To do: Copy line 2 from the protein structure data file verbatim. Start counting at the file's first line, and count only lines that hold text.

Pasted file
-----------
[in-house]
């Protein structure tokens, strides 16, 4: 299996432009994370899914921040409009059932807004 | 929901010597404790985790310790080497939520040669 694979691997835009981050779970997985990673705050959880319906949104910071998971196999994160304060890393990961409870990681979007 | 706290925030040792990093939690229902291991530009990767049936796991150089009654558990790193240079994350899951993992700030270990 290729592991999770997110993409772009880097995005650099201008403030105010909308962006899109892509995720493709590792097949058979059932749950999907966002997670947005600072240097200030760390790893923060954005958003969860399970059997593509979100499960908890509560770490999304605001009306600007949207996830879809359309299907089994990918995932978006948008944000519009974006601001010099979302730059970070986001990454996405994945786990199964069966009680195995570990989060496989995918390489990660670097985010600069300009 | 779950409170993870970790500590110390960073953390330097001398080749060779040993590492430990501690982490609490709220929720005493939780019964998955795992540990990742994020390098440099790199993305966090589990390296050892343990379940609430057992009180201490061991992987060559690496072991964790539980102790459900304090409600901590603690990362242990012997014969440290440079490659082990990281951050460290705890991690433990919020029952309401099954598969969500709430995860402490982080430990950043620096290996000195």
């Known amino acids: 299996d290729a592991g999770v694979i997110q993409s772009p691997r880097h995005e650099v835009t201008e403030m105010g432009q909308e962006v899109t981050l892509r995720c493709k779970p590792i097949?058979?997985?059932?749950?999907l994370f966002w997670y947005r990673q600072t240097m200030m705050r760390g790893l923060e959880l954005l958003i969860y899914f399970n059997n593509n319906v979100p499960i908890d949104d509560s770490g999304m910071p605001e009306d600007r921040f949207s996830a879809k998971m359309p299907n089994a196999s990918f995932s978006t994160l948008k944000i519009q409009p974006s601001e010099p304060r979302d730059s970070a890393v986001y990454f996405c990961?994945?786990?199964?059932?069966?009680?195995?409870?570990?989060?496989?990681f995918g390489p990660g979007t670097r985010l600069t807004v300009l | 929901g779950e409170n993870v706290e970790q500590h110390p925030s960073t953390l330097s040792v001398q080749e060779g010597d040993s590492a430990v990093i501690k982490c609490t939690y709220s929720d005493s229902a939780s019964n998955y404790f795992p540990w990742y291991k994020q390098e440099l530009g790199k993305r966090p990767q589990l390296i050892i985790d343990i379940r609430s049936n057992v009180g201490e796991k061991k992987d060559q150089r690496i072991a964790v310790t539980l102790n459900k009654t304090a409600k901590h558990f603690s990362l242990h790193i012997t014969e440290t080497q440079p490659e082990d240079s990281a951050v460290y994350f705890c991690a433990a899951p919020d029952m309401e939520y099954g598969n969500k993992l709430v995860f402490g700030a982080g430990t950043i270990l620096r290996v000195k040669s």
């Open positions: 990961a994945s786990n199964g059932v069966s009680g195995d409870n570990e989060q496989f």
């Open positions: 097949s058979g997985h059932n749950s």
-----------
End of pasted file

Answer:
């Protein structure tokens, strides 16, 4: 299996432009994370899914921040409009059932807004 | 929901010597404790985790310790080497939520040669 694979691997835009981050779970997985990673705050959880319906949104910071998971196999994160304060890393990961409870990681979007 | 706290925030040792990093939690229902291991530009990767049936796991150089009654558990790193240079994350899951993992700030270990 290729592991999770997110993409772009880097995005650099201008403030105010909308962006899109892509995720493709590792097949058979059932749950999907966002997670947005600072240097200030760390790893923060954005958003969860399970059997593509979100499960908890509560770490999304605001009306600007949207996830879809359309299907089994990918995932978006948008944000519009974006601001010099979302730059970070986001990454996405994945786990199964069966009680195995570990989060496989995918390489990660670097985010600069300009 | 779950409170993870970790500590110390960073953390330097001398080749060779040993590492430990501690982490609490709220929720005493939780019964998955795992540990990742994020390098440099790199993305966090589990390296050892343990379940609430057992009180201490061991992987060559690496072991964790539980102790459900304090409600901590603690990362242990012997014969440290440079490659082990990281951050460290705890991690433990919020029952309401099954598969969500709430995860402490982080430990950043620096290996000195």